Next year, 2016, is the next quadrennial session of the worldwide United Methodist General Conference. It will be held in Portland, Oregon. Because of a schism that took place in 1830 and saw the separation of what became The Methodist Protestant Church – a schism over the lack of inclusion of laity in the Annual and General Conferences — the membership of the 2016 General Conference will be half lay, half clergy. The response of the church to issues involving human sexuality, i.e., gay marriage, are expected to figure prominently on the agenda. To be discussed are several proposals ranging from removal of the prohibition for gay marriage to outright schism. As you can see already, it won’t be the first time schism has been threatened in the Methodist Church.
In 1779, in defiance of the-still-in-hiding Francis Asbury — who led his own conference — in Fluvanna, VA, the Methodist Annual Conference voted to separate from Anglicanism. This was a BIG move, but totally in keeping with the spirit of the Revolution that was still going on. Despite its earlier pledge of loyalty to Wesley, the American Methodists voted to separate from his Anglican church. It also voted to ordain its lay preachers, and the conference assumed sacramental authority.
This effectively was the first schism, yielding a northern and a southern conference. Asbury “was not amused.” A year later, in the 1780 conference, Asbury made sure to attend. He was still loyal to Wesley, and he reasserted control.
This Annual Conference was held in Baltimore at the new Lovely Lane Chapel. It represented the “southern” conference only by a disciplinary action: “Quest. 20. Does this whole conference disapprove the step our brethren have taken in Virginia? Answ. Yes.” And then, “Quest. 21. Do we look upon them no longer as Methodists in connection with Mr. Wesley and us till they come back? Answ. Agreed.”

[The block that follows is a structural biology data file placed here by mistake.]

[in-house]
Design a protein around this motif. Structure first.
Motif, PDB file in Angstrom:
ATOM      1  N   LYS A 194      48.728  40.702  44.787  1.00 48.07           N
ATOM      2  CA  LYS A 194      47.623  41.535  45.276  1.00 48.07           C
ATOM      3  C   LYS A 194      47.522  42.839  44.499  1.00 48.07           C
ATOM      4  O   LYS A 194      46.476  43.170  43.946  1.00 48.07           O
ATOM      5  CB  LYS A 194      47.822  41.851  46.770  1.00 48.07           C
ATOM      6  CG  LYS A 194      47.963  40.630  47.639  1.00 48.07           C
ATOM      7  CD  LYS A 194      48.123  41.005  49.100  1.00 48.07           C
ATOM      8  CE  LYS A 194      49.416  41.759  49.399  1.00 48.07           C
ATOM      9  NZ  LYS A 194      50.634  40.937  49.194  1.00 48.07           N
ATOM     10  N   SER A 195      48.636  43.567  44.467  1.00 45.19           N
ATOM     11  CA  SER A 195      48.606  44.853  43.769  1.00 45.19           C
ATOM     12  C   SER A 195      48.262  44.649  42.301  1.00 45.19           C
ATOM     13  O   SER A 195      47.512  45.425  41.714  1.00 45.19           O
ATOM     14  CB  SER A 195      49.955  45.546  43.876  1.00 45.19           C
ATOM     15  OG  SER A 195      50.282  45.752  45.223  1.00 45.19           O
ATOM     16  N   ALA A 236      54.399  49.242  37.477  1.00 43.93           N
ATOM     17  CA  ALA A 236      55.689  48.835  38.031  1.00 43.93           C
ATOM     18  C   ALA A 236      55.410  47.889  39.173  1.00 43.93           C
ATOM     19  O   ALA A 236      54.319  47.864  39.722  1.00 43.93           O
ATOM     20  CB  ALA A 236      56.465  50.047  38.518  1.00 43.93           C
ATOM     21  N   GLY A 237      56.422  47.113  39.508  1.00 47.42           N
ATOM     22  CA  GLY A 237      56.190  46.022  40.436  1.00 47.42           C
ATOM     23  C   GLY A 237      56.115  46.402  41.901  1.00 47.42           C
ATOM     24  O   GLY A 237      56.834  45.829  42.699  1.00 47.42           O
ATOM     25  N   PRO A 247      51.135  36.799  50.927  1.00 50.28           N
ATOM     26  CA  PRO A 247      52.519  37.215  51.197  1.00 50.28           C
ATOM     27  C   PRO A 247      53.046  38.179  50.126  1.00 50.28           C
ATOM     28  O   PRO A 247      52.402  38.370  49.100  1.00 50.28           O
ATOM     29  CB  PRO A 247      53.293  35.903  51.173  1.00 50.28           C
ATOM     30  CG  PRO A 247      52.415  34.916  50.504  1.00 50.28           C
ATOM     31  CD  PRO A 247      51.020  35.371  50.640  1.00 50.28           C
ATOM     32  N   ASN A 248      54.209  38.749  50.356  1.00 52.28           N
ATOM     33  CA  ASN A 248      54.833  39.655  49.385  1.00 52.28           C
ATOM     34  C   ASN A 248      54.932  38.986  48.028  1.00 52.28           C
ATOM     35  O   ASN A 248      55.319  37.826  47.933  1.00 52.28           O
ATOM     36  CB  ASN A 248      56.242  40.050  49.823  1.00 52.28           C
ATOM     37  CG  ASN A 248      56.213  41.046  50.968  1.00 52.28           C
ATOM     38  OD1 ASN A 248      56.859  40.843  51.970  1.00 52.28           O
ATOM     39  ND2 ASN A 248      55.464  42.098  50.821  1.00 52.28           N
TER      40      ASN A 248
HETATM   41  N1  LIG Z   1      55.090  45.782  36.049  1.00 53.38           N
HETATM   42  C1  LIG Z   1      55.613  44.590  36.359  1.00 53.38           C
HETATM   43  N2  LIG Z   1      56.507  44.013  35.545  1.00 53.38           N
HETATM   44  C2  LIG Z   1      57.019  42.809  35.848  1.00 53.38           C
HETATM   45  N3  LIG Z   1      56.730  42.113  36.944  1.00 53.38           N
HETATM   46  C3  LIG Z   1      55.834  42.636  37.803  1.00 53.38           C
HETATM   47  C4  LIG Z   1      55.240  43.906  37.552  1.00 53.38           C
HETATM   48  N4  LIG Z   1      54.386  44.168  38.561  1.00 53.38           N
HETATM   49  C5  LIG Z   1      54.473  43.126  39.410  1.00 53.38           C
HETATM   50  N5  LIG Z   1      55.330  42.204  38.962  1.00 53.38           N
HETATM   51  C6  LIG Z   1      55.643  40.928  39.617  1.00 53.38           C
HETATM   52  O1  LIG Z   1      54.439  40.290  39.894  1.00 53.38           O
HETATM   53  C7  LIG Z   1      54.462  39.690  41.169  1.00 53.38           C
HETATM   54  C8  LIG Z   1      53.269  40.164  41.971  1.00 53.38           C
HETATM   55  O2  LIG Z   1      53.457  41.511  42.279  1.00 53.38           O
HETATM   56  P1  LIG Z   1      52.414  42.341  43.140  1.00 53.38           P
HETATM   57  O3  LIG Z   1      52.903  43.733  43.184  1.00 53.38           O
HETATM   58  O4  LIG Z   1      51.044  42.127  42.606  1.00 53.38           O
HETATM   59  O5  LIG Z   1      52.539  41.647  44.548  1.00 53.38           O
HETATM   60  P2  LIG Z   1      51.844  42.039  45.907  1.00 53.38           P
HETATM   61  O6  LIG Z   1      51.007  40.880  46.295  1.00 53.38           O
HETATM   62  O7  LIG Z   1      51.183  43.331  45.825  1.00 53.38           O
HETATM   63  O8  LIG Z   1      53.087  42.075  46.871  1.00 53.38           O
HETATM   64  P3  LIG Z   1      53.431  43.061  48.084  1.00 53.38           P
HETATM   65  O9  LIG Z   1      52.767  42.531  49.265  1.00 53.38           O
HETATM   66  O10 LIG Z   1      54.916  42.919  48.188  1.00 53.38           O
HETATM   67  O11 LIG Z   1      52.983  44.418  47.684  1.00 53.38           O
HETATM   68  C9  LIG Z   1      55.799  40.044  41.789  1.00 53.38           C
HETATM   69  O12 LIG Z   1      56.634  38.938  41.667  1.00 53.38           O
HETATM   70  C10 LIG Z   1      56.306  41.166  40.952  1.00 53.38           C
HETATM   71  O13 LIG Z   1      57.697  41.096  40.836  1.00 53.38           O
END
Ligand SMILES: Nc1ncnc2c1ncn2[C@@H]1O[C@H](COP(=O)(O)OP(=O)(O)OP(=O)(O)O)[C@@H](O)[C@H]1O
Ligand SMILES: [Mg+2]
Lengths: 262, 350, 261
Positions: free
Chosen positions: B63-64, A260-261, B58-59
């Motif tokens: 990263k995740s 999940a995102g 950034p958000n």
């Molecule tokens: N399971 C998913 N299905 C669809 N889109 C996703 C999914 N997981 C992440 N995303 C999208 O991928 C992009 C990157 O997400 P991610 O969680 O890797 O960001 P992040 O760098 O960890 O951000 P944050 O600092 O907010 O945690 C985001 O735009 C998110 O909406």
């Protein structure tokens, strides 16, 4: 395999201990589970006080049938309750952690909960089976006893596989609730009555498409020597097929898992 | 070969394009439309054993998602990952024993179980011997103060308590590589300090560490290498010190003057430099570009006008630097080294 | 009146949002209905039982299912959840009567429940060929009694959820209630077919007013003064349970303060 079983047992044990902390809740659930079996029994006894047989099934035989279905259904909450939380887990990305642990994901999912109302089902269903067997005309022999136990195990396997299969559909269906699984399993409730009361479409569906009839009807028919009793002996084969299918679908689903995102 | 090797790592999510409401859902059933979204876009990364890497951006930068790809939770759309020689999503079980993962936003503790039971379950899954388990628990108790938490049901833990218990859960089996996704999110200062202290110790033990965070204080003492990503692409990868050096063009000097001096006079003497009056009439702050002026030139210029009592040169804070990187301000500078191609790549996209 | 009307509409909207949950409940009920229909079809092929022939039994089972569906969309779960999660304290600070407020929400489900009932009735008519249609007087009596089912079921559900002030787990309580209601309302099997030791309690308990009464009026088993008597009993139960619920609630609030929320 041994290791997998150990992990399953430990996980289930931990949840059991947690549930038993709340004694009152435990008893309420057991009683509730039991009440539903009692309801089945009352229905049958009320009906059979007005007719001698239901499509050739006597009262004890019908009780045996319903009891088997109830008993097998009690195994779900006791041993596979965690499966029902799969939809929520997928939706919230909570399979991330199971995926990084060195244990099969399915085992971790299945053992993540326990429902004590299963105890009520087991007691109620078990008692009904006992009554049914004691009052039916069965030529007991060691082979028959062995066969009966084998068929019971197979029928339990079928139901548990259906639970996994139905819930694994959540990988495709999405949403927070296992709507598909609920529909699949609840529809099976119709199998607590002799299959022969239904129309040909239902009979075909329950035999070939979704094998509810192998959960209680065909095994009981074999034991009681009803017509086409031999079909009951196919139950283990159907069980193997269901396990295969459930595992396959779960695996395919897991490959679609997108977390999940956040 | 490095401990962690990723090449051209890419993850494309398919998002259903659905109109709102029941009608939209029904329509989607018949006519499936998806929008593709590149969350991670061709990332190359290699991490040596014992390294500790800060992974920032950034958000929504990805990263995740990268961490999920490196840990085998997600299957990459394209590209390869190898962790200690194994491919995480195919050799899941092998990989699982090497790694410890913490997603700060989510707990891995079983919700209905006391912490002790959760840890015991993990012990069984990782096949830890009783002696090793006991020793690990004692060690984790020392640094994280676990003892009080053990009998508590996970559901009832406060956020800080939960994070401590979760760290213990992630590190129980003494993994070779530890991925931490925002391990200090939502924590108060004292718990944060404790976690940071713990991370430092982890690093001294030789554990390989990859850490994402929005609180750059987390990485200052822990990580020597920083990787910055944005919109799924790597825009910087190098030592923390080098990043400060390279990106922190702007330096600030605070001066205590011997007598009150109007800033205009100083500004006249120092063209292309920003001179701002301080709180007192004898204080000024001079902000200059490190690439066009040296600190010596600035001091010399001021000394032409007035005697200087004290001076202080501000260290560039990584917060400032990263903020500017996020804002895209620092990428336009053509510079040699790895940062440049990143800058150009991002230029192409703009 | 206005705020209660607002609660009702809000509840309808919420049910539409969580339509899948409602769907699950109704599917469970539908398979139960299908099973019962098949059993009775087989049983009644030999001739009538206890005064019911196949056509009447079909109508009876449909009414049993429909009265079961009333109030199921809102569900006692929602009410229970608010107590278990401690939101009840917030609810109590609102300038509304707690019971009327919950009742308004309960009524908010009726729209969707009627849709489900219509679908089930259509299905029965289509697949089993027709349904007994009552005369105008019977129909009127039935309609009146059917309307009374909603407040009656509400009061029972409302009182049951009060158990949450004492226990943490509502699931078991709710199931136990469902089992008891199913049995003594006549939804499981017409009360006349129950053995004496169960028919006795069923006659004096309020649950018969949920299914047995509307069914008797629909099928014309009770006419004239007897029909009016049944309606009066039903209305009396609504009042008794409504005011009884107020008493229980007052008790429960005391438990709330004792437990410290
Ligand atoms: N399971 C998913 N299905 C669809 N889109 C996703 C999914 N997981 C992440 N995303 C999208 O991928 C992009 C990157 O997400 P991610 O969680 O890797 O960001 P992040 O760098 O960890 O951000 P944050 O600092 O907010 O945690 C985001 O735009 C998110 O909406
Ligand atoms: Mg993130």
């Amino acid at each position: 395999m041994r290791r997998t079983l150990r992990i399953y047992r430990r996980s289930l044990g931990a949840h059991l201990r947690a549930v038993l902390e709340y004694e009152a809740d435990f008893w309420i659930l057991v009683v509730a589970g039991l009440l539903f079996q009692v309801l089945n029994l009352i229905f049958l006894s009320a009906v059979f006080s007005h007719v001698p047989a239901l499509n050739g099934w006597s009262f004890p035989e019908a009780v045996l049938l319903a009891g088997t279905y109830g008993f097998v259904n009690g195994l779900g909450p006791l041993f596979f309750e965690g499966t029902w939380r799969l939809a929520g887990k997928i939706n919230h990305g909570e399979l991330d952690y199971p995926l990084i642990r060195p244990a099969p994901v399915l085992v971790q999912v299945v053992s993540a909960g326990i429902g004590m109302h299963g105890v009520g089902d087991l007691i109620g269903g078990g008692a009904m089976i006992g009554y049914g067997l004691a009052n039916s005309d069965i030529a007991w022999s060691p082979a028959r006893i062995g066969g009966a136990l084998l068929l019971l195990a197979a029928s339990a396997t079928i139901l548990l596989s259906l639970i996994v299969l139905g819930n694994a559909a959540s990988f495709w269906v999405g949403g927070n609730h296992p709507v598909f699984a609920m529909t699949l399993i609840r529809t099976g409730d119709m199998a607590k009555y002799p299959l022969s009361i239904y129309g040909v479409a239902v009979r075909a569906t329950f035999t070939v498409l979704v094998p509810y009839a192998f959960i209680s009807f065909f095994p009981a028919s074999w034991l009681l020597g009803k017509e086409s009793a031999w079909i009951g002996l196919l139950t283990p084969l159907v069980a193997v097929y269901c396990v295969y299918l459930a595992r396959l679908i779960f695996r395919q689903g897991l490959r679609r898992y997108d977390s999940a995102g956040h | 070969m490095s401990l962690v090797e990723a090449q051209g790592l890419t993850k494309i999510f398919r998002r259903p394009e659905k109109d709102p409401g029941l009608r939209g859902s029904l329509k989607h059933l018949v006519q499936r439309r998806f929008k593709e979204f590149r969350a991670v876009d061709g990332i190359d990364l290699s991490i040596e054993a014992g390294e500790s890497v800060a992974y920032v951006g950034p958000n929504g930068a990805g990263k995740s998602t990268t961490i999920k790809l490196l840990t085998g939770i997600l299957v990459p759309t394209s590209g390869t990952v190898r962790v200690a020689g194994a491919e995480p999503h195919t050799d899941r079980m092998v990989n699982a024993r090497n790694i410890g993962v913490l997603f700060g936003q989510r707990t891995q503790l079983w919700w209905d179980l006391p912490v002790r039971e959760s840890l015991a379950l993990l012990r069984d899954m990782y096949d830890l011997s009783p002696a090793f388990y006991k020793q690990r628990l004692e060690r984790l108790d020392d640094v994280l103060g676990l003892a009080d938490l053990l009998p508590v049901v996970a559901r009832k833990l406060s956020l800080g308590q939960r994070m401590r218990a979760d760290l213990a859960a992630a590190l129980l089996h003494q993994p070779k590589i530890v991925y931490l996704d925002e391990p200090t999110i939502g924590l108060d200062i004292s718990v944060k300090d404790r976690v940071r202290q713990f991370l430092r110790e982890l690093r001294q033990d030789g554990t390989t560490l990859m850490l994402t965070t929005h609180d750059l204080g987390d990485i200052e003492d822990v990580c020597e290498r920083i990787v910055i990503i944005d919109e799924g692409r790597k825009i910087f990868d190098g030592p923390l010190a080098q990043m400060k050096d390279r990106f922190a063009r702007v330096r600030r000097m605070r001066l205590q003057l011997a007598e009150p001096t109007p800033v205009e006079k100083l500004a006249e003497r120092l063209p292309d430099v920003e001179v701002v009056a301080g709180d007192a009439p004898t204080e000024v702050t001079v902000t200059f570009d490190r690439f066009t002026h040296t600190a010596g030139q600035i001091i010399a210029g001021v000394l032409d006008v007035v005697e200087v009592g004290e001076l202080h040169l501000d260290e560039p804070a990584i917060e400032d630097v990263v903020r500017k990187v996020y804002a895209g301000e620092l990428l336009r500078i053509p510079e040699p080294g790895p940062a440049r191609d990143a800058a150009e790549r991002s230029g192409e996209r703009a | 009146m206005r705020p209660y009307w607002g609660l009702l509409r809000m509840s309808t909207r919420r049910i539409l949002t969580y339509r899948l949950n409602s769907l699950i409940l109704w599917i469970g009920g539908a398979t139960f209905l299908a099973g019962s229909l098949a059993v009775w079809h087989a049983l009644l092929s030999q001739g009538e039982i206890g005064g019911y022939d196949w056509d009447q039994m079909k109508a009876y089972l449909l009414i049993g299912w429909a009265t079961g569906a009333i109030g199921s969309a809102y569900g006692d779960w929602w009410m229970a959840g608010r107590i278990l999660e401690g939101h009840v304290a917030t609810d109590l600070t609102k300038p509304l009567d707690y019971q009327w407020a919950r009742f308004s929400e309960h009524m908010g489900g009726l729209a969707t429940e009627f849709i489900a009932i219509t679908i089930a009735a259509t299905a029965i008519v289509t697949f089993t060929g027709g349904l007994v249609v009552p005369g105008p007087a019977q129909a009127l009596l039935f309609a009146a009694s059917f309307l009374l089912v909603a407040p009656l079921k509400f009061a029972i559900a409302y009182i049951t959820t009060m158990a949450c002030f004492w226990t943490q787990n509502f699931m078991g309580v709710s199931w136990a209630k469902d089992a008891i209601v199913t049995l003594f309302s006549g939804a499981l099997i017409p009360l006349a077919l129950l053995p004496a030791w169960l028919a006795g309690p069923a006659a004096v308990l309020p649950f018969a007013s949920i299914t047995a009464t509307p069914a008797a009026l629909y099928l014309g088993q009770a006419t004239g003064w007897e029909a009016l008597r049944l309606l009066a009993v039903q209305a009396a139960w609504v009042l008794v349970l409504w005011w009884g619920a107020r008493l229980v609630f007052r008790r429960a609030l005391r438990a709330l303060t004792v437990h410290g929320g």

Eventually, when Asbury and a contingent travelled to meet with the southerners, the breach was healed. As an indication of the influence Asbury wielded, the southern Methodists capitulated, agreed to reunite, suspended the sacraments, accept Asbury’s itinerating general superintendency, and wrote Wesley “a circumstantial letter.”
In addition to its disfellowshiping of the southerners, the 1780 Asburian conference took several other actions of note. In particular, it took forceful stands on slavery: “Quest. Does this conference acknowledge that slave-keeping is contrary to the laws of God, man, and nature, and hurtful to society; contrary to the dictates of conscience and pure religion, and doing that which we would not others should do to us and ours?— Do we pass our disapprobation on all our friends who keep slaves, and advise their freedom? Answ. Yes.” The conference required “those travelling Preachers who hold slaves to give promises, to set them free” adding in one version of the Minutes “on pain of future exclusion.”
The conference balanced this remarkable antislavery commitment with troubling concessions to racism, a foreshadowing of future conferences which would turn away from the clear condemnation of slavery. It specified that gatherings of African Americans should be presided over by a “helper” or “proper white person” and that “the Negroes” not be permitted “to stay late or meet by themselves.” The preachers in conference obviously did not foresee or desire the emergence of Black leadership beyond limited levels or imagine themselves and the laity trusting it. Methodists would live in this ambiguity until the 1970s when the African American central conferences were final disbanded.
As 1780 dawned, with the arrival of the half-way point in the Revolutionary War, despite disruption caused by the war, continued persecution, and the after-effects of internal discord, Jesse Lee reported “a gracious revival of religion in many places,” especially on the Eastern Shore of Maryland. Again, in 1781, he noted revival there and a “blessed revival of religion” in Virginia and parts of North Carolina. The engines of revival were the quarterly meetings, classes, family religion, and personal discipline of Methodism.
And the results showed, despite the war turmoil, in the growth of the small movement: nearly doubling from 6,968 in 1777 to 13,740 in 1783.
In our next post, we’ll look at the aftermath of the war. America was now an independent nation. Were the Methodists still part of the British Anglican church? Or were they, too, separate? But they had no ordained clergy of their own. Once again, the American Methodist church, now clearly under the leadership of Francis Asbury, awaited word from Mr. Wesley on what to do.
(Source: “American Methodism: A Compact History,” by Russell E. Richey, Kenneth E. Rowe, and Jean Miller Schmidt)